Value and wages

glevy at acnet.pratt.edu glevy at acnet.pratt.edu
Sun Aug 6 23:25:45 MDT 1995


> Concerning Marx's ideas about the "minimum wage", I refer those who are
> interested to a section of "Results of the Immediate Process of
> Production."  See Section IV [Isolated Fragments]; [The Sale of
> Labour-Power And the Trade Unions], especially pages 1069-1071 in
> _Capital_, Volume 1, Penguin edition.
>
It seems that many don't have the Penguin edition.  If you are going to
buy _Capital_ this is, in my opinion, a much better version than the Kerr
or Progress/New World editions.  The above article appears as an
"Appendix" in the Penguin edition, but not at all in the other editions.

>From page 1069:
" ...the *value of labour-power* constitutes the conscious and explicit
foundation of the *trade unions* whose importance for the English working
class can scarcely be overestimated. The *trade unions* aim at nothing
less than to prevent the *reduction of wages* below the level that is
traditionally maintained in the various branches of production. That is
to say, they wish to prevent the *price* of labour-power from falling
below its *value*."

>From page 1070:
"The workers *combine* in order to achieve *equality* of a sort with the
capitalist in their *contract concerning the sale of their labour. This
is the *rationale* (the logical basis) of the *trade unions*. What they
purpose is that 'the accidental immediate neediness of a labourer should
not compell him to make do with a smaller wage than supply and demand has
*already* established in a particular branch of labour' and thus depress
the *value* of labour-power in a particular area below its customary
level.  The *value* of labour-power is 'regarded by the workers
themselves as the *minimum wage* and by the capitalist as the *uniform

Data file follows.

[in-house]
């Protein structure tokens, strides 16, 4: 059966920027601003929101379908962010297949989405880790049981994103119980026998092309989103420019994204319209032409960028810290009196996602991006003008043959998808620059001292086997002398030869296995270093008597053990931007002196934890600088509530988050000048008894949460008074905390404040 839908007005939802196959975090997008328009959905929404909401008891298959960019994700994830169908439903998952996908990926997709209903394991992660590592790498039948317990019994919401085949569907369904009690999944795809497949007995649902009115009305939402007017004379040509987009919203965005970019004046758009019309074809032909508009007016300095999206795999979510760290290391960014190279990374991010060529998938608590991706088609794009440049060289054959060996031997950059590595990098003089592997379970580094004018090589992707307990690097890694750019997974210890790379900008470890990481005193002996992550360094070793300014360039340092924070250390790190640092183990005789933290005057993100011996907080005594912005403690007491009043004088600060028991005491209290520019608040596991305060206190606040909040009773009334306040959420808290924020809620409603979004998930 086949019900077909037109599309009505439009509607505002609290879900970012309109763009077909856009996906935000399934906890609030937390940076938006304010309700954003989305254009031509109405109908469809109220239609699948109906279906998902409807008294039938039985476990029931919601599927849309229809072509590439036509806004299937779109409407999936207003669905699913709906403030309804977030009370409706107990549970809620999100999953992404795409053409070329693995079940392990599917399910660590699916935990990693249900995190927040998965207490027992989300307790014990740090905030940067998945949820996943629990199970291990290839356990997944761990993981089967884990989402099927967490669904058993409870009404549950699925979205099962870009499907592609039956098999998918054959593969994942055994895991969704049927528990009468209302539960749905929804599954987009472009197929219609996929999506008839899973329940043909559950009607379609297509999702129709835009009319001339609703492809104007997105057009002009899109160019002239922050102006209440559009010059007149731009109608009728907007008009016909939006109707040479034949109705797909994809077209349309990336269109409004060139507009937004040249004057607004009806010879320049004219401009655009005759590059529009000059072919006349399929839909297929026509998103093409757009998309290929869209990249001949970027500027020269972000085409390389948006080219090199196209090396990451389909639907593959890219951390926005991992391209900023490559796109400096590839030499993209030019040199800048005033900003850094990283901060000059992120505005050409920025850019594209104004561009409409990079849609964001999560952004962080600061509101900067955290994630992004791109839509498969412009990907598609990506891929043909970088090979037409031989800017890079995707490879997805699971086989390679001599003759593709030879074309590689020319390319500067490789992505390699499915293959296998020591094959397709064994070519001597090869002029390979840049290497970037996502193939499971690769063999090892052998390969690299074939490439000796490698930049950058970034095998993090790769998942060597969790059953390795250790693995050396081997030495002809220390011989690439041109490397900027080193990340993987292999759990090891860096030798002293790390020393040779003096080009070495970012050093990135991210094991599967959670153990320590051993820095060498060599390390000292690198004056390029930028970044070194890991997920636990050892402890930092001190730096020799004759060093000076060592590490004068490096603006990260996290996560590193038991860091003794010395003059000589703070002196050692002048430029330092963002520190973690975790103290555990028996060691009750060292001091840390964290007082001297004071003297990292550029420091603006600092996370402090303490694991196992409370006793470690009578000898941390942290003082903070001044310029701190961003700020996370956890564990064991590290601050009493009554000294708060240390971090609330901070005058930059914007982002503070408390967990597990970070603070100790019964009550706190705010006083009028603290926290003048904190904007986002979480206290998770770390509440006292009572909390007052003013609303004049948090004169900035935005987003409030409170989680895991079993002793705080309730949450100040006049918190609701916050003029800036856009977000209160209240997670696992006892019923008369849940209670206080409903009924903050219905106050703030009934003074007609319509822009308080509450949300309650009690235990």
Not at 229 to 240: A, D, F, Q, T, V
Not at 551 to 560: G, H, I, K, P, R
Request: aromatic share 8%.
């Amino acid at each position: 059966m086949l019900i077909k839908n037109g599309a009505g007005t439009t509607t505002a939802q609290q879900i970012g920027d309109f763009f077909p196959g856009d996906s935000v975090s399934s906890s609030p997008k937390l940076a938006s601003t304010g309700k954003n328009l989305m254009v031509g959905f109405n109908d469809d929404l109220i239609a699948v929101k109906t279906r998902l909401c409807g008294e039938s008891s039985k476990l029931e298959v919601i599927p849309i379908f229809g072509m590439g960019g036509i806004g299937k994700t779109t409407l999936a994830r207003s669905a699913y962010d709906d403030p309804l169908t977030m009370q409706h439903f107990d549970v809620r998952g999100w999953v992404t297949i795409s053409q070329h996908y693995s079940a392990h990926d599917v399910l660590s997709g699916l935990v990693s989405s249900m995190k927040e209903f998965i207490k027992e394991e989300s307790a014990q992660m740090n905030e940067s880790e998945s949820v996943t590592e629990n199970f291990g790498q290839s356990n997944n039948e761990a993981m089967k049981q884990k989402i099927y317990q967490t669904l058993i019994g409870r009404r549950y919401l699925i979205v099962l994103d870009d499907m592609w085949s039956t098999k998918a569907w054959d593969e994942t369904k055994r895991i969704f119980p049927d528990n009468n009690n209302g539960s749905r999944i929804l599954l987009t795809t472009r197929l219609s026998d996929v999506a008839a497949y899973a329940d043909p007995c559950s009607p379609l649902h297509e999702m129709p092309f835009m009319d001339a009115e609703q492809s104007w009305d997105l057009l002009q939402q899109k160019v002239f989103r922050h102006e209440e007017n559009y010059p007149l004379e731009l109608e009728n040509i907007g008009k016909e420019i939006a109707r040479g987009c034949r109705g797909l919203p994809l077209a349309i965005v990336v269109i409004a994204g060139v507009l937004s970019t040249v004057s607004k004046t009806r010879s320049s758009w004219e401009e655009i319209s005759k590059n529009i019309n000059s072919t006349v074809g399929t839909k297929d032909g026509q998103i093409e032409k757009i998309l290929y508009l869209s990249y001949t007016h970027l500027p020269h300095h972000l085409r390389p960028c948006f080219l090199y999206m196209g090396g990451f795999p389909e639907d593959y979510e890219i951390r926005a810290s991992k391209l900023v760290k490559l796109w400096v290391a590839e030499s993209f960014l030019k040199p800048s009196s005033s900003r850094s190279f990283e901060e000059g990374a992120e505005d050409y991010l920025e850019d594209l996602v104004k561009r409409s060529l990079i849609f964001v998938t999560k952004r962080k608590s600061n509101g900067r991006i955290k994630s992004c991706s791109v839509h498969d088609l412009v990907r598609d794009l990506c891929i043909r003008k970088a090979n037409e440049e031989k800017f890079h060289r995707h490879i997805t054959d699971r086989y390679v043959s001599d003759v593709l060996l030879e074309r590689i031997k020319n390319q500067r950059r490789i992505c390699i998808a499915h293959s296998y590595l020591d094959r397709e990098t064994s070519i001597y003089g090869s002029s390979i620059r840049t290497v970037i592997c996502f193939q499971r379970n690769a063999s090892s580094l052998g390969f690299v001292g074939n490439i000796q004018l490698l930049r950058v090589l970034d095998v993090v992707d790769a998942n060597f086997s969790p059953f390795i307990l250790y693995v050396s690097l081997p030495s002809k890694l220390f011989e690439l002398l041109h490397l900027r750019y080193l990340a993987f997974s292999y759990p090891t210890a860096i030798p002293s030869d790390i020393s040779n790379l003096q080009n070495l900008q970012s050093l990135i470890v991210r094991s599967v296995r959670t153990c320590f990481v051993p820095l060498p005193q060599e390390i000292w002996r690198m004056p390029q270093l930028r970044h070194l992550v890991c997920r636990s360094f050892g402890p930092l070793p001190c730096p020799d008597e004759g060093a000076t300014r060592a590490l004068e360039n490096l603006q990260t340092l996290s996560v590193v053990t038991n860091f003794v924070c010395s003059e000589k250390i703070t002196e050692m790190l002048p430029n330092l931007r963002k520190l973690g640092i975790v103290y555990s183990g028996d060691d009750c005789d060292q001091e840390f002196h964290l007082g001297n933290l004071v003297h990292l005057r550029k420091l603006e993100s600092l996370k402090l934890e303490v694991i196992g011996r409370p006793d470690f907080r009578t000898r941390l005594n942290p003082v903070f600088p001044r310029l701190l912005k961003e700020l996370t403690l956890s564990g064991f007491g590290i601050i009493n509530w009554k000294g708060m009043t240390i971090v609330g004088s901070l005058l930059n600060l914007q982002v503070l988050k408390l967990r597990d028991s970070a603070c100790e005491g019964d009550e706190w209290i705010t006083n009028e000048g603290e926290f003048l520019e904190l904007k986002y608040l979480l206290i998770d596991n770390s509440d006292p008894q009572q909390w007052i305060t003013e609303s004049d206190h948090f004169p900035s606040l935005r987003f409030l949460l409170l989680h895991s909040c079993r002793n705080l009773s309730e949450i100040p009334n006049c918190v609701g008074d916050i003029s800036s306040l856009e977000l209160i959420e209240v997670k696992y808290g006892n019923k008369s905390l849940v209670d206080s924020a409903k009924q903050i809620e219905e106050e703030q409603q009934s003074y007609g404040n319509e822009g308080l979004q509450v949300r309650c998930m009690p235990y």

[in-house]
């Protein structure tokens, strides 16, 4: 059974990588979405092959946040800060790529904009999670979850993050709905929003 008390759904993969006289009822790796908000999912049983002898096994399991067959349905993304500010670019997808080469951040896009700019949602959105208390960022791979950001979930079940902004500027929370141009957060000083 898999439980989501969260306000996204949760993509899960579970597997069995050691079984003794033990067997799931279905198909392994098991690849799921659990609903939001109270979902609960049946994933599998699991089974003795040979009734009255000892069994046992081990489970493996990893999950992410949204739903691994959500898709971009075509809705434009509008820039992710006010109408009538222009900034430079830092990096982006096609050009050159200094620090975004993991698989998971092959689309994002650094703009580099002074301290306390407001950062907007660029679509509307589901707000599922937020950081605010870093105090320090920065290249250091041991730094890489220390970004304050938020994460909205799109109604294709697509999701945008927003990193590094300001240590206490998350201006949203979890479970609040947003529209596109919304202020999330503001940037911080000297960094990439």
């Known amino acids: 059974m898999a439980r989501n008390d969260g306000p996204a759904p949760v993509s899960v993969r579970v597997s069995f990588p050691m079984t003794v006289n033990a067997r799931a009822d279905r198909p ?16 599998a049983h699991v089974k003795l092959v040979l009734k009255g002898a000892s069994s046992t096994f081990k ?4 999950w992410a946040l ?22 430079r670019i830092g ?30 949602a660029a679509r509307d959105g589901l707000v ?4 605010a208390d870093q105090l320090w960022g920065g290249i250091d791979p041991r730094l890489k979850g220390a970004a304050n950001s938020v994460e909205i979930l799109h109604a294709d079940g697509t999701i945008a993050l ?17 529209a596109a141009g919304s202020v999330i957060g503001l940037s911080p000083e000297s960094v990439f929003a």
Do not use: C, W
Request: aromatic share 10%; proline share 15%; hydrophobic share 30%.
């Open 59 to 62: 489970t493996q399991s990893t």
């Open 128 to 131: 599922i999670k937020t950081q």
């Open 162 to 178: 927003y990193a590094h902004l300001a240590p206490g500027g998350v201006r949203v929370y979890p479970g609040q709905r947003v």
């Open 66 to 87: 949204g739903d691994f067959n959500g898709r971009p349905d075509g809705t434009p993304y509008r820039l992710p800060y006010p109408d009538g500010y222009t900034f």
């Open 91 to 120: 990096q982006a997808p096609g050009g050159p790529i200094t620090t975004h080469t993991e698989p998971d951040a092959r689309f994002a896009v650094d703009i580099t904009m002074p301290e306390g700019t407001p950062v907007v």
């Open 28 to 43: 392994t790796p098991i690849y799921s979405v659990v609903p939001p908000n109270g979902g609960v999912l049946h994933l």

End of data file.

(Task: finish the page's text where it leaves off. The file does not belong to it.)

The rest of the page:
rate of wages* for all workers in the same trade'. For this reason the
unions never allow their members to work for *less* than this minimum.
They are insurance societies for the workers themselves." (emphasis in
original; Sections quoted by Marx are from T.J. Dunning, Secretary to the
London Consolidated Society of Bookbinders, _Trades' Unions and Strikes:
Their Philosophy and Intention, London, 1860).

So ... how are we to interpret this? Initially, Marx says that the value
of the commodity labour power is equal to the costs to produce and
reproduce that commodity. But as Steve, John, and I have said before
there is a social, historical, and "moral" element to the value and price of
this commodity.  That "price" is paid to workers in the form of wages.
When we go on to discuss trade unions at another, more concrete level of
determination, we see how trade unions modify the value of the commodity
labour-power and the wage.  I see this as simply a more concrete
expression of the "moral" and "historical" factor that determines the
value of the commodity labour-power.  Trade unions prevent wages from
going below a certain minimum and can affect the moral and cultural
understanding of what is the value of labour-power historically understood.

But ... let's not just look at what Marx wrote!  Let's try and think
through these matters logically to understand the real social forces at
work! I believe that this little exercise has reinforced the need for us
to reconceptualize economic reality and *move beyond* Marx!  Let's get on
to the task of completing the theory by at least attempting to sequence
the remaining topics that need to be addressed.

What we need to do initially is to examine Marx's plans for _Capital_
critically, see what topics need to be addressed (from *our*
perspective), and then see whether we can develop an outline that
attempts to place each of these topics in a logical sequence.

I, once again, call on you to be part of this project.  I *really* think
we can do this!

Jerry


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